This post continues our deeper look into different types of feedstock that Renewable Energy Group (REG) studied in 2009 in the Feedstock and Biodiesel Characteristics Report. Different feedstocks give the resulting B100 biodiesel different characteristics. This week’s two oils are Borage Oil and Camelina Oil. If you would like to learn more about some of the other feedstocks please visit the main page of feedstocks we have looked at so far.
Borage oil comes from the plant, Borago officinalis, also known as starflower. The starflower is easily grown in average, dry to medium moisture, well-drained soils in full sun to light shade. In addition this plant tolerates poor soils and drought. It is native to Mediterranean region and is an annual that will continue to propagate itself in a garden by reseeding. The plant grows to 2 to 3 feet tall and the flowers are commonly blue, although pink and white flowers are commonly cultivated. The flowering season is relatively long from June to September and in milder climates the starflower will bloom for most of the year.
The leaves are edible and the plant is commercially cultivated for its oil. As a fresh vegetable it is said to have a cucumber-like taste and the flowers have a sweet taste. It has the highest value of γ-linolenic acid in any readily available specialty oil.
Camelina oil comes from the plant, Camelina sativa, a member of the mustard family and a distant relative to canola. It is an annual flowering plant that grows well in temperate climates and it also has the common names of gold-of-pleasure and false flax. This flowering plant is native to Europe and Central Asian areas. Camelina plants grow from 1 to 3 feet tall, are heavily branched and produce seed pods with many small, oily seeds. Some varieties of camelina contain 38-40 % oil. Camelina can be grown in arid conditions and does not require significant amounts of fertilizer.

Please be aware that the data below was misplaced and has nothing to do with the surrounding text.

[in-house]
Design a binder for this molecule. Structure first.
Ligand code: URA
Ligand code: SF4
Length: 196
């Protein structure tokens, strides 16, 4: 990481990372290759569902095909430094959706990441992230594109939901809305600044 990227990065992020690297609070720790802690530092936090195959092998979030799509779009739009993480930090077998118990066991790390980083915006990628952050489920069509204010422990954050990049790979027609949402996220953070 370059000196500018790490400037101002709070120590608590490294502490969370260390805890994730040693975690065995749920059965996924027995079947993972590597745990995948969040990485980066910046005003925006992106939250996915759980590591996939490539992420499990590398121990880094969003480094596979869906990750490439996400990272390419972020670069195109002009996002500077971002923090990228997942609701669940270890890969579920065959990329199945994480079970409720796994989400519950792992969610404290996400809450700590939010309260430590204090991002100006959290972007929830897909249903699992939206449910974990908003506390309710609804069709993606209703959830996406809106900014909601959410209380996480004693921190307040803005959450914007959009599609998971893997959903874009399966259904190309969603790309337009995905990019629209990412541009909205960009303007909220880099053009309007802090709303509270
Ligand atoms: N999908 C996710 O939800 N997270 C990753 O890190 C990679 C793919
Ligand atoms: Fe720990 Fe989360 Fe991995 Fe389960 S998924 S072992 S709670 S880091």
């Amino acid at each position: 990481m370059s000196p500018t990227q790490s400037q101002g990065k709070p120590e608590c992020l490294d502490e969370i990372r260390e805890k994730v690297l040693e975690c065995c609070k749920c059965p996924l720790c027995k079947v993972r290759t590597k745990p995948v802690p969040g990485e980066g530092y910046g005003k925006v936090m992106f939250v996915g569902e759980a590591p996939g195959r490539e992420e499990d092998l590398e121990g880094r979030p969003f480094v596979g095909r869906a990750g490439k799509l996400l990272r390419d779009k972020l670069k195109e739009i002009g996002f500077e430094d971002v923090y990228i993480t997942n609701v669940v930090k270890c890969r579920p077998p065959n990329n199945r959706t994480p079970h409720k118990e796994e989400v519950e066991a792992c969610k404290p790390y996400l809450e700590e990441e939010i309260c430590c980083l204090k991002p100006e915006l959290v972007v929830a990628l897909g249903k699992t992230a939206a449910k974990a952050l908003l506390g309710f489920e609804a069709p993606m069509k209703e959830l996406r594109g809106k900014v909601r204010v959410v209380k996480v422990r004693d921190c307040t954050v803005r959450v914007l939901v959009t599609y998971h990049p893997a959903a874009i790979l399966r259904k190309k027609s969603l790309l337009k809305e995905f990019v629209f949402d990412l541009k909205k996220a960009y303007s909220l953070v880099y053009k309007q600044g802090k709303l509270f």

According to science direct:
“Camelina is adaptable to many different environmental conditions… Camelina an ideal crop for use on less productive lands and in areas without sufficient rainfall to support other crops. When produced under these circumstances, Camelina would not be displacing crops used for food production and positively addresses the food for fuel debate that often plagues the use of crop oils for fuel production.”
Camelina only requires a short growing season and they are fast growing. In 2009, the Navy purchased 40,000 gallons of jet fuel derived from camelina.
The oil is high in omega-3 fatty acid. This makes the oil great for biofuels and the resulting leftover meal a good option for livestock feed. Other uses for this plant consist of the oils being used in cosmetics, burnt in lamps, and herbal medicine. The seeds are edible and can be eaten raw in salads or mixed with water to create an egg substitute.
Next weeks biodiesel feedstocks are Algae Oil and Canola Oil.